Expanding LIGHT by Narva | TRANSPORT NEWS – Narva expands and upgrades its globe range

 As the Australian vehicle car park evolves, so does Narva’s range of standard and performance globes.

Heavy Duty Halogen Globes

 A major reason for premature headlight globe failure is vibration. This is especially common in tough industries like mining and agriculture, as well as rugged terrains typically experienced by motorcycles, 4WDs and other off-road motorists.

If vibration seems to be an issue, simply installing premium or long-life globes won’t fix this issue. Narva recommends its new range of Heavy Duty globes, which provide a resilient solution for commercial and off-road vehicles, reducing premature globe failure. Narva’s Heavy Duty globes tackle the issue with a reinforced filament that is resistant to vibrations caused by corrugations, ruts and uneven surfaces.

Narva’s Heavy Duty globe range includes popular 12V and 24V globes that suit Stop, Stop/Tail, Indicator and Reverse functions. Headlight globes are also available, with H4 and H7 fitments available in both 12V and 24V. The Heavy Duty globes are ADR approved and road legal.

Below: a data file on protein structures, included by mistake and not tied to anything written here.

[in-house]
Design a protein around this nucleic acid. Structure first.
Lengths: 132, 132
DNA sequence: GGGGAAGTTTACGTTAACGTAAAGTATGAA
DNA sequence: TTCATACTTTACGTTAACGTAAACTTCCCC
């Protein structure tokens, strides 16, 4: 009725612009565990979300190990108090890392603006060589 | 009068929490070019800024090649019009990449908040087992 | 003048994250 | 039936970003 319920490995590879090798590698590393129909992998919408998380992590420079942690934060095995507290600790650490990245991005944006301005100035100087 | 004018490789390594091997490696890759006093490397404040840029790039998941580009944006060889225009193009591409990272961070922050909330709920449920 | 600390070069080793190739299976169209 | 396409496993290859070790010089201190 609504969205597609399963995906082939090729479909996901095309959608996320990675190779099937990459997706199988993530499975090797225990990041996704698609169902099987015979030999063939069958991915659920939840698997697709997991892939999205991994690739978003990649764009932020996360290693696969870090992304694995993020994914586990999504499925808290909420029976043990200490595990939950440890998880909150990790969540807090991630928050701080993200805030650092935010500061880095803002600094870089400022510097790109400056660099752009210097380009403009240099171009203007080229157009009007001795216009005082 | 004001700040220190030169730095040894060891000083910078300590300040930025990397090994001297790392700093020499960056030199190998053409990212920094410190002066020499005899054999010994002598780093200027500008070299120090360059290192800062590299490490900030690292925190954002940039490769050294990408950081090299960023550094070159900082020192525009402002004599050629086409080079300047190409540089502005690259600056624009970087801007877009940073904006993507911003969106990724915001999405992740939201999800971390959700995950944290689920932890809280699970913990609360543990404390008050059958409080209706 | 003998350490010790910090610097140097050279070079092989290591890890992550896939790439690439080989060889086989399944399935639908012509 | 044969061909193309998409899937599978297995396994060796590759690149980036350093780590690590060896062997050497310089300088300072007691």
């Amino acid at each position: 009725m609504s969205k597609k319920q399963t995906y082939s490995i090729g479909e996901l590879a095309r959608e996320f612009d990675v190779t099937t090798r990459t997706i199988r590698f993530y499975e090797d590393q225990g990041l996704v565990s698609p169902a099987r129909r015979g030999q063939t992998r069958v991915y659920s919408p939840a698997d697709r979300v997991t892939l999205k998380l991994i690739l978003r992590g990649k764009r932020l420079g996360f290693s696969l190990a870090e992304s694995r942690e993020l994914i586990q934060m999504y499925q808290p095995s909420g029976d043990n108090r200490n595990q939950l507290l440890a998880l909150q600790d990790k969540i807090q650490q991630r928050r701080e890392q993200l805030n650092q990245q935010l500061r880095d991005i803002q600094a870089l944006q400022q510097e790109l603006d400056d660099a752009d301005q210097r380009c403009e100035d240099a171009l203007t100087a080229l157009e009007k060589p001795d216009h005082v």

Premium Incandescent Globes 

In response to customer feedback, Narva’s range of Premium globes has been upgraded with an increase in production quality designed to give both retailers and users peace of mind.  Narva Premium globes are made in Europe using precision tooling to make them ideal for both trade and retail markets. The globes are designed to eliminate early failures and boast increased life of up to two times that of a standard Narva incandescent globe.

“Our Narva Premium globe range includes the most popular incandescent globe types/functions and guarantees increased performance, with exceptional value for money and consumer confidence,” said Narva Marketing Manager Jake Smith.



Leave a Reply

Your email address will not be published. Required fields are marked *


This site uses Akismet to reduce spam. Learn how your comment data is processed.


Check Also


Asbestos had begun to be heavily commercialised in the 1800s for the construction industry, and ...